But I didn’t know.

Our home was so full of him.

His tools: the pantry drawers and cabinets holding his hammers, pliers, and wrenches; every size nail and screw, nut and bolt; glues, solvents, and stain removers; the saw and drill, packing tape and masking tape, rope and twine. The first time I had to hang a picture, wrap a carton, and attach a little pad to the foot of a chair, I could barely breathe.

His over-the-counter reading glasses, in many locations. I still wear them when I pay the bills, do a crossword puzzle, read the TV listings. I’ve never washed them; they’re still smudgy, and I like them that way.

Aside from such keepsakes as birthday cards the kids made for him, and all those parking tickets and manuals, Peter wasn’t much of a saver. Not money or ephemera, not even the Playbills that contained his name. But he did have two possessions he considered precious.

One was his working script, with every cue, move, blackout, actor’s measurements and voice range, from the Broadway musical 1776, on which he had been the original production stage manager. The other was a Rolex Red Submariner. When 1776 became a hit and he was in the chips, he’d bought the watch on Madison Avenue. He had money to burn. He wasn’t thinking about security, or a family to support, or any rainy day. What should he give himself? Why not a globe! He bought a globe. A sheepskin coat! He bought a coat. A Rolex!

“This is going to be worth something,” he’d always said. He loved its heft and pedigree. He maintained it with reverence and had it serviced by Tourneau. After he died and I became obsessed with an insecure future, a Rolex-wearing friend reported that Peter’s model had just sold at auction for over $500,000. My heart leaped.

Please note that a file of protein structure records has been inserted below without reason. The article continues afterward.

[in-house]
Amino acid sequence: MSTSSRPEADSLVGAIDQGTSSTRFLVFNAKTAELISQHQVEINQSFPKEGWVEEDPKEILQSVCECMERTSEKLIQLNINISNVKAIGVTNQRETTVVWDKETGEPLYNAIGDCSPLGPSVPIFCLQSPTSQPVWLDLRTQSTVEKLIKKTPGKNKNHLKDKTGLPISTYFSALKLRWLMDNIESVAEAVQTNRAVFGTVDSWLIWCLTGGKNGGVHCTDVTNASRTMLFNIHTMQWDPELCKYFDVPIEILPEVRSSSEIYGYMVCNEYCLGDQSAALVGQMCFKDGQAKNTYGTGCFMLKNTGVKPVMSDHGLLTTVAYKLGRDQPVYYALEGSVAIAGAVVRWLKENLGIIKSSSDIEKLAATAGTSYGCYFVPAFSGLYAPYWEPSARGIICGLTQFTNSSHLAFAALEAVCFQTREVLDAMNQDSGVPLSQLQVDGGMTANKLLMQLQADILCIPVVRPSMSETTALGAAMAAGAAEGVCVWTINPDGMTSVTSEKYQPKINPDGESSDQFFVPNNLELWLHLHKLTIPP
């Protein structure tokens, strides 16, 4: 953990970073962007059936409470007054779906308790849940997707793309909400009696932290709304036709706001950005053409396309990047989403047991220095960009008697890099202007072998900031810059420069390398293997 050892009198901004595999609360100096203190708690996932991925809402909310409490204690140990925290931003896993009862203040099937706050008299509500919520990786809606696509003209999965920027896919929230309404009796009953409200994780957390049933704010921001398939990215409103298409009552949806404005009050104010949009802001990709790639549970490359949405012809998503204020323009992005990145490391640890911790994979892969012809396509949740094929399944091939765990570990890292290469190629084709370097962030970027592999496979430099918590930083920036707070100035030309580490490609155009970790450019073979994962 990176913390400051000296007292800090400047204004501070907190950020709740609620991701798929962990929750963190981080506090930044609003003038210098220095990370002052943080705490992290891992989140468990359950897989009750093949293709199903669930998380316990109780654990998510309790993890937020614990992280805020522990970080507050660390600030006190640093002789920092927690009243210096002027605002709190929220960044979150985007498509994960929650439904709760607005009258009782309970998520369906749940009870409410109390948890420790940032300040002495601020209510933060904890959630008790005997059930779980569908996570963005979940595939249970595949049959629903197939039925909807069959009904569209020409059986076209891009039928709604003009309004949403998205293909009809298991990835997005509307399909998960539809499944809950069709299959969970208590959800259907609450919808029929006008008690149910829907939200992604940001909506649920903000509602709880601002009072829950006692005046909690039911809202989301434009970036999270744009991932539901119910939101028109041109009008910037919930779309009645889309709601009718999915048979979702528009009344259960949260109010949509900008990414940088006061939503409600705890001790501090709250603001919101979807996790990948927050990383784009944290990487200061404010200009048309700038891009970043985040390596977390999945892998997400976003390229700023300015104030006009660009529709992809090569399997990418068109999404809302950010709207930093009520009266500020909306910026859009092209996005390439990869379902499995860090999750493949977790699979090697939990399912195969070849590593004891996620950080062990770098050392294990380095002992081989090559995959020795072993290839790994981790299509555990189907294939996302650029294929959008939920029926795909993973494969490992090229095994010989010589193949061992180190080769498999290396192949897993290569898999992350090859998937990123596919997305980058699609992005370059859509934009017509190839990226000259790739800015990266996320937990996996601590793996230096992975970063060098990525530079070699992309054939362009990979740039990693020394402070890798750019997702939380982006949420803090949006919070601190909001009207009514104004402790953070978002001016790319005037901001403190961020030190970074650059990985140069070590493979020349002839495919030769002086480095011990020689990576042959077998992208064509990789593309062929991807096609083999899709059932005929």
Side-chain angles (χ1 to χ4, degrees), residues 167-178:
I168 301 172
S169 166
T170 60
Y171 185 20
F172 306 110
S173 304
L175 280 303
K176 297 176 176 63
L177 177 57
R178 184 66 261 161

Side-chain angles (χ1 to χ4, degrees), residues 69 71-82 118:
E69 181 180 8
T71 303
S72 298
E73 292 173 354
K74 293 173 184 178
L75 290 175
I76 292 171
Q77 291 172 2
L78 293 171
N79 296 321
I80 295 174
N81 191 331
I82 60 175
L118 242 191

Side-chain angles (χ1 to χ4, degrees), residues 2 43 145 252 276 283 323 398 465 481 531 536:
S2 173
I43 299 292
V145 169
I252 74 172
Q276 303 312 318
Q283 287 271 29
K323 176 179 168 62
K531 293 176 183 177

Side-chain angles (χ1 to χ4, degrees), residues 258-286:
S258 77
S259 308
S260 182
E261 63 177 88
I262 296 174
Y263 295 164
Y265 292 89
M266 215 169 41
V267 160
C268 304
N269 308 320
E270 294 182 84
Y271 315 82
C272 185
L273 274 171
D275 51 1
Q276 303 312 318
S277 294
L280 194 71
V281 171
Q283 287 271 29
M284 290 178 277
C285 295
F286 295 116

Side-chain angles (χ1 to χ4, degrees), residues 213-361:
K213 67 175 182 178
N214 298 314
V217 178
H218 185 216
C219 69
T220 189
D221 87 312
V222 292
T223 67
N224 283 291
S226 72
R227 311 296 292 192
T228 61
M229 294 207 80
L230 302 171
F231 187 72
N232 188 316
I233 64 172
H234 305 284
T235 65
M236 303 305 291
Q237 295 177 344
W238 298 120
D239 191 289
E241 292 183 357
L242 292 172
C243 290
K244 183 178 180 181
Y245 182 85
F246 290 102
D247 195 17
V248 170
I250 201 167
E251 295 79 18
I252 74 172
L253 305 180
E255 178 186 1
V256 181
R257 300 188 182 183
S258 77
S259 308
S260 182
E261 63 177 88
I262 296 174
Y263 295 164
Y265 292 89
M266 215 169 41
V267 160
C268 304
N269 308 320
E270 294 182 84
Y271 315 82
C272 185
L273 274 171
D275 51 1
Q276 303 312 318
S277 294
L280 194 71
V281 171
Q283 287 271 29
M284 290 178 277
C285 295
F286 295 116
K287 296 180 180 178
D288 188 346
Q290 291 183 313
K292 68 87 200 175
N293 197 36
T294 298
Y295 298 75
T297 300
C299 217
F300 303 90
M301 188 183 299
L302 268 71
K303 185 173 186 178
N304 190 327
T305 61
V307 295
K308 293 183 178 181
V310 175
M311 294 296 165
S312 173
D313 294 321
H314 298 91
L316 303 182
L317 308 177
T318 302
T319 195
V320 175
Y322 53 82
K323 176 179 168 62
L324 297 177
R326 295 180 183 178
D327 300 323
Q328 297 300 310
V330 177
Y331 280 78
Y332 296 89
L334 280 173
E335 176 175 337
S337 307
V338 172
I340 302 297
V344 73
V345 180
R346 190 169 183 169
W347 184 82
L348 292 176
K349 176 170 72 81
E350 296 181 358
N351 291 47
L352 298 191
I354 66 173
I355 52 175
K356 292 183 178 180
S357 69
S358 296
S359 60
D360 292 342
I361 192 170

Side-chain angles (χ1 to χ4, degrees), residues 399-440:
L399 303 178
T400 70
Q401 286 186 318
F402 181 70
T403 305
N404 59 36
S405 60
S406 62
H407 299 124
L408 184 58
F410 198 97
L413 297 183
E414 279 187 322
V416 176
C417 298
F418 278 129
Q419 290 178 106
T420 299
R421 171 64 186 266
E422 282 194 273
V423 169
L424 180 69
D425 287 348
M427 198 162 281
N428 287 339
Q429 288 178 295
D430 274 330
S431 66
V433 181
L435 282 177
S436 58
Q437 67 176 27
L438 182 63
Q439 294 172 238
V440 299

In spite of the time-honored grief rules that warn against making major decisions too soon—such as selling houses, changing jobs, moving to new cities, and unloading valuable possessions—I booked an appointment with a gent at Phillips, the auction house with an abiding interest in important watches. Was I being rash instead of wise? Probably. But I was in such a swivet about money, I scorned any suggestion to sit back and wait.

At least I wasn’t my friend Alice, who, soon after her husband’s death, bought a pricey Miami Beach condo in a building yet to be built. . . or Brenda, whose wild affair with a rough-hewn cad made her feel so much more desirable than her husband had that he was able to seduce her out of $100,000 to buy a new house for himself and his family.

A widow, like Odysseus, should tie herself to the mast.